After the success of outsourcing last year’s birthday party to JumpZone!, we decided to do something similar this year. We let you choose where we’d have the party, which is how we ended up at Chuck E. Cheese’s. You’ve been a fan of the pizza rat for a while, even if his restaurant makes your parents’ heads hurt, so we said yes. You were so excited, and you had so many tokens to spend!
Ten minutes later you’d spent all of your tokens and were miserable.
This has been the Year When You Learned to Read. You’d been showing signs of reading for a while, but we weren’t sure whether you were really reading or just reciting from memory. On our Christmas trip back to Arkansas, you and I got into Pop Don’s car to go to the grocery store. You saw the Calvin sticker on the back of his truck and said, “Look, dad! That says ‘Fords suck!'” And thanks to you reading, your mom and I can now sleep late. You happily go to the kitchen, grab the giant tub of pretzels, take it back to your room, and read quietly to yourself while scattering pretzel crumbs everywhere. This is what we call “advanced parenting”.
I don’t know if it’s due to your reading, but your story-telling tendencies have really increased. One morning you came into our bathroom while I was getting ready for work. You opened a drawer and found a three-pack of floss. “Look!” you said. “This floss is green, and this one is a different kind of green, but this one is white.” You hauled them all out and onto the counter. “The flosses are going on a trip. Look, here they go, they’re going up Scope Mountain.”
Your creativity extends to re-writing the rules to board games. You got May to play one boardgame with you. She sceptically asked, “Is this really how you play the game?” after you explained how the pieces all had to hop over each other and then you spun the spinner and then you got to take all of the game tiles. “Oh, yes,” you said.
Most every night, after Liza has gone to bed, we play videogames. I say “we play,” when what I mean is that “I play videogames, and you tell me what to do.” Sometimes you even let mom play. Your love of story above all else has helped decide what we play. You loved Psychonauts, but had no interest in Super Monkey Ball: Banana Blitz despite its much higher monkey-to-gameplay ratio. We’re working our way through Kingdom Hearts now, so all of your questions are about the Heartless and why that skeleton guy is so tall.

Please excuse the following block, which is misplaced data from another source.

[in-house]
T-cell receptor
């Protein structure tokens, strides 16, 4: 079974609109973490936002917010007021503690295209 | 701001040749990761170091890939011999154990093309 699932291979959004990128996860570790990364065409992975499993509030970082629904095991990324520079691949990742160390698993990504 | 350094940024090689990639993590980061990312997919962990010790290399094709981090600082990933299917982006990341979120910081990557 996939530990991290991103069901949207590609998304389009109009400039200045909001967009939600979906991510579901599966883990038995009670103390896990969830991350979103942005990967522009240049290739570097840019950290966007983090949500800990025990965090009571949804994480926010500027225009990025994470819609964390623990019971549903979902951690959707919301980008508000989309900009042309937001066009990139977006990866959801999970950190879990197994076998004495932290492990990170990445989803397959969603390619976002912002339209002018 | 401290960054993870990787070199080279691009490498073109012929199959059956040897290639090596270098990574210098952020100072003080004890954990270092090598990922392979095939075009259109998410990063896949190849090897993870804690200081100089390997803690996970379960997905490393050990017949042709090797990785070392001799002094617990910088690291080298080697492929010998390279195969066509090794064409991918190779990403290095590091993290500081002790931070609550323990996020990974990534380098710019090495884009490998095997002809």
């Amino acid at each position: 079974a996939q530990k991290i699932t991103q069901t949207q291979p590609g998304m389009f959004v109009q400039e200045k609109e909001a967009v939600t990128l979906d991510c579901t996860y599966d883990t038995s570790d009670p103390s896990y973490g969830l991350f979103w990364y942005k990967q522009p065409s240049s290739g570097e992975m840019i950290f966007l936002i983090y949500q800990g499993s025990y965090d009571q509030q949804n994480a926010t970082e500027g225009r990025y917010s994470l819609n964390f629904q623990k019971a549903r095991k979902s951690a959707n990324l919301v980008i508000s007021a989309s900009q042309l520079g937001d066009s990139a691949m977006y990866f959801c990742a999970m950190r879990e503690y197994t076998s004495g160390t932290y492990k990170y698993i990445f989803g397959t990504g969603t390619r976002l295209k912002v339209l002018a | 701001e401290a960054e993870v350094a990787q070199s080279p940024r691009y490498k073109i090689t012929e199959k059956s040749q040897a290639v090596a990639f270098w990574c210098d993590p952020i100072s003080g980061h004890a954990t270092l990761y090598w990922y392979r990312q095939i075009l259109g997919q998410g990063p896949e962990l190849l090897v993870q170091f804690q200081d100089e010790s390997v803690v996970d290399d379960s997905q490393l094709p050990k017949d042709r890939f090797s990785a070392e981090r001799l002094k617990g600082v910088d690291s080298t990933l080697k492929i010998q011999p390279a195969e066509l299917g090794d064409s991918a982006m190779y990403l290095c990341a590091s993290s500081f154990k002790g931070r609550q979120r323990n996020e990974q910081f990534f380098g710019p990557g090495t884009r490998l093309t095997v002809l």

Even though you’re now five, you still need naps, even if we can’t convince you of that. Whenever you are tired or hungry — or both! — then you grown twenty extra arms and can’t be still. If we could keep you from sleeping or eating for two days, I’m convinced you’d develop superpowers and go on to have a dramatic and fulfilling life until finally merging with the Speed Force.
This year we took you to the theatre for the first time. We saw Wall-E, which you loved because ROBOTS. Even before the movie you were fascinated with robots. You have robot t-shirts. Mom made you robot thaumatrope invitations for your birthday party and robot buttons as gifts for everyone who came. Every morning, as I leave for work, you tell me, “Be careful! Don’t run into any robots!”
I’ve been fascinated watching you become a more independent person. You play on your own more, and there are times that you shoo your mom and me away. You’re learning how to deal with your emotions. Temper tantrums have become a regular fixture, as have demands and threats. It’s all we can do to keep from laughing, though, when you tell us, “If you don’t do what I want, then I’m not going to play with you now!” That threat is emptier than Pellucidar, coming from a boy who has trouble breathing if people aren’t watching him do it. You’ve also started talking back to us. “Whatever,” you say, channeling your thirteen-year-old self.
Say, did you know you have a sister? Liza now walks and talks and forces you to interact with her. She idolizes you, you know. And there are times when you are lovingly, achingly sweet towards her. Two minutes later you’re picking her up and dragging her around like a sack of wet cats. “She won’t get out of my room!” you yell over her shrieks.
I’ve been hard on you a lot this year. I’ve been tired and sick, and too often I’ve taken it out on you. I think that’s what happens to parents. When I’ve been really strict, I look at you, see an echo of how you looked when you were one, and realize that you’ll be gone before I know it.